I've been breaking my head for a long time now on whether to use "have" or "had" in certain cases.

For example:

"I have ordered three books. Yet, only two of those had arrived."

The thing is, in the first sentence, it is stated that I ordered the three books in the past, so by that logic it would be fitting to use "had". But on the other hand, it is relevant to this current statement, so "have" seems like another good option.

In the second sentence, the two books arrived in the past, so "had" is what I chose to use. But it seems like "have" would have been another good fit, since it implies that the books are currently in my possession.

So the question is: are these two words correctly placed and used in the example? And may I hear a more elaborate explanation about their correct usage?

  • Use the past perfect to place an action before another time in the past. There are two times in the past in your sentence, when you ordered them and when they arrived. So using had arrived doesn't work, because they arrived after you ordered them. Jun 27, 2017 at 11:47
  • So, what if I used them like this? "I had ordered three books, yet, only two of those have arrived". Would that be correct to say? And in your answer, did you mean to say that I should have used "have" in both cases?
    – He7Man7
    Jun 27, 2017 at 11:59
  • 1
    Could you simplify to "Although I ordered three books, only two arrived"? Jun 27, 2017 at 12:01
  • 1
    Using had ordered doesn't sound wrong the way had arrived does. It's unnecessary, because the order of events is perfectly clear without using the past perfect. And we usually don't use past perfect when it's unnecessary. If the order the events are presented in doesn't match the order they happened, we're much more likely to use past perfect. Jun 27, 2017 at 12:18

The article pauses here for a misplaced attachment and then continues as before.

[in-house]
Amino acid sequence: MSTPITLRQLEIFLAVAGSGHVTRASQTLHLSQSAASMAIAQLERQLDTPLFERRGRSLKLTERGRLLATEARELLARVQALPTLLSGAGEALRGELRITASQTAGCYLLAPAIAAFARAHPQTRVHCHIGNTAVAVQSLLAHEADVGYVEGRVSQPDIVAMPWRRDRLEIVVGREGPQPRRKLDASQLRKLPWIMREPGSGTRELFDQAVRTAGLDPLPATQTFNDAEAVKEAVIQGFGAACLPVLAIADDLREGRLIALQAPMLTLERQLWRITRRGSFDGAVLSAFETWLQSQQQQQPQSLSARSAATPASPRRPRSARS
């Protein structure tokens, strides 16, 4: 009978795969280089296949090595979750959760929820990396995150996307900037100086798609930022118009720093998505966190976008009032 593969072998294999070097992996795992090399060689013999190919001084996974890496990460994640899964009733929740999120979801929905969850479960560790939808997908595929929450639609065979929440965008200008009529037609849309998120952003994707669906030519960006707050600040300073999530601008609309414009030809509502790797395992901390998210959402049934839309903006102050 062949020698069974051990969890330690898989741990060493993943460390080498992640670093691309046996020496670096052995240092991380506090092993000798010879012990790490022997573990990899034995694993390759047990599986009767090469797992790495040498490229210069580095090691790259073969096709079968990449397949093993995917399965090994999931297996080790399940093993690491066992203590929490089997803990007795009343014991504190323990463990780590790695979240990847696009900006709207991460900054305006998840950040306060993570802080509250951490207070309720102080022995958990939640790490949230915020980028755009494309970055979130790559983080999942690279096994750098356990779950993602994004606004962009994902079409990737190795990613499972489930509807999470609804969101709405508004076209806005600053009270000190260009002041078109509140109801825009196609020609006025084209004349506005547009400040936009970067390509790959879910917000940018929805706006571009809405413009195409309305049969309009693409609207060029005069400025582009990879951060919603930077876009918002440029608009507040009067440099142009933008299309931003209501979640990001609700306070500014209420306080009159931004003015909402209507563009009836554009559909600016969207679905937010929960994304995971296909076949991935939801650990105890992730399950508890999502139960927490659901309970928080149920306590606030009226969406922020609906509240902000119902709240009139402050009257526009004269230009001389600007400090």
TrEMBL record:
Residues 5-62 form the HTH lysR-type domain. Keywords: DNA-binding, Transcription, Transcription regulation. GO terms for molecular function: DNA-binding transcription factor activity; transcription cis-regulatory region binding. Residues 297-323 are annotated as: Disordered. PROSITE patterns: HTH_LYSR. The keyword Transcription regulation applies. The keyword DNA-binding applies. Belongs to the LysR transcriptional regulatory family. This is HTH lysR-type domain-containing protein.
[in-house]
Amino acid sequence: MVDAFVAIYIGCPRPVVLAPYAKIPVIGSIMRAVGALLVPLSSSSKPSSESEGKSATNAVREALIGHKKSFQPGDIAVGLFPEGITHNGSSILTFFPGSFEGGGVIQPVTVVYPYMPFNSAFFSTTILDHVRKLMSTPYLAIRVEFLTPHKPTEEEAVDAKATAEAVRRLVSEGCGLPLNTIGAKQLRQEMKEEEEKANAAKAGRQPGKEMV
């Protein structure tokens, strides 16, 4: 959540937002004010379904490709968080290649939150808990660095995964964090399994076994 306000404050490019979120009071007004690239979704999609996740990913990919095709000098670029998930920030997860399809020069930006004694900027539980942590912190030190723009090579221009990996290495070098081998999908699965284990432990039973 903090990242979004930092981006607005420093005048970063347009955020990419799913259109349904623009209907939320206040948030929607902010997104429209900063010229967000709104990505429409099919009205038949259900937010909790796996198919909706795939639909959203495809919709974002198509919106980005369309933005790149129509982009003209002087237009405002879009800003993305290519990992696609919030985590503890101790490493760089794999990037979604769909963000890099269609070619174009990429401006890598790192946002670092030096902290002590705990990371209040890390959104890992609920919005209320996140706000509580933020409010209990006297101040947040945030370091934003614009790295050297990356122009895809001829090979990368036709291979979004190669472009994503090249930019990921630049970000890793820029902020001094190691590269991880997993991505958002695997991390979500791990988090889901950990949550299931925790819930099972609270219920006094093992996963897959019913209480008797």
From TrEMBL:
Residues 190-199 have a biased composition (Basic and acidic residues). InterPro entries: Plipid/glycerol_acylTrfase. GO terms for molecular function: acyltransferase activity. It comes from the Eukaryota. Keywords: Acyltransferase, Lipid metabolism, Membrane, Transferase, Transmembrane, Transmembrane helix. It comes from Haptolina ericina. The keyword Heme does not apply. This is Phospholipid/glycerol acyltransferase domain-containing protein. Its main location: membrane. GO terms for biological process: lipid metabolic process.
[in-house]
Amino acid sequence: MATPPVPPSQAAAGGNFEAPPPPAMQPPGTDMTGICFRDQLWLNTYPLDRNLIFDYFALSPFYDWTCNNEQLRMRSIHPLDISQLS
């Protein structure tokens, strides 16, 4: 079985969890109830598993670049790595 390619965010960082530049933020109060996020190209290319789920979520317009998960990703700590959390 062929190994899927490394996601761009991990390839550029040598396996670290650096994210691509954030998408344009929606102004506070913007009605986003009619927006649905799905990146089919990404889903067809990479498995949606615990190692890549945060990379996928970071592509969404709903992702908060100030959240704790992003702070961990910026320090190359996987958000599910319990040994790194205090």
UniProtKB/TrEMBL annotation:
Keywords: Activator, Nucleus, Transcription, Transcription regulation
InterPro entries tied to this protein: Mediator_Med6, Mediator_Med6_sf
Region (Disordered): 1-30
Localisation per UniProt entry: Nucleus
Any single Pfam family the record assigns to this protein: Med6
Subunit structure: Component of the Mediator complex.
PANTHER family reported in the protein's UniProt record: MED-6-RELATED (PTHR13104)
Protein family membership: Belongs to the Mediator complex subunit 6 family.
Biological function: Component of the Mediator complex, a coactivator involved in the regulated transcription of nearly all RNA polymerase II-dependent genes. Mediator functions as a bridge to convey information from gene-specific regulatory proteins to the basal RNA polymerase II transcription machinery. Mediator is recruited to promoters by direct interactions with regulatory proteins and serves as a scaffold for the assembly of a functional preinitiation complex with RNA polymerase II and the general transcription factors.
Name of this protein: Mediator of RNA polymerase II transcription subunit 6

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    "I was worried last week because I had ordered three books but only two had arrived. This week the third book has arrived so I am happy."
    – Kate Bunting
    Jun 27, 2017 at 14:51

3 Answers 3


Just for clarity's sake:

"I have ordered three books. Yet, only two of those have arrived." [past but we don't know when, and the statement is true at the time of speaking in the present]

"I ordered three books. Yet, only two of those arrived." [implied: at some defined point in the past: last week, three days ago, last year, etc. etc. etc. Both things are over and done with.]

"I ordered three books [last week]. Yet, only two of those have arrived." [action in the past with another that continues to be true at the time of speaking in the present]

"I ordered three books. Yet, only two of those had arrived in time for your birthday." [past with a specific moment implied preceded by another moment in time]

Summary: the past perfect is used to signal a moment in the past that precedes another past moment where other verb is usually in the simple past.

I arrived late after the other guests had left. [a simple example]

My arrival was preceded by the other guests leaving.


"Have ordered" indicates that in the present, you have the attribute of "has ordered" (present perfect). "Had arrived" indicates that in the past, your books had the attribute of "has arrived" (past perfect).

You should use have/have or had/had (as opposed to have/had), depending on the tense of your context.

  • 1
    The most idiomatic way to state this is to use simple past, present perfect. "I ordered three books, yet only two of them have arrived." Dec 9, 2018 at 17:49

Now: I have ordered three books but as yet only two of them have arrived.

In the past: I had ordered three books but by then only two of them arrived.

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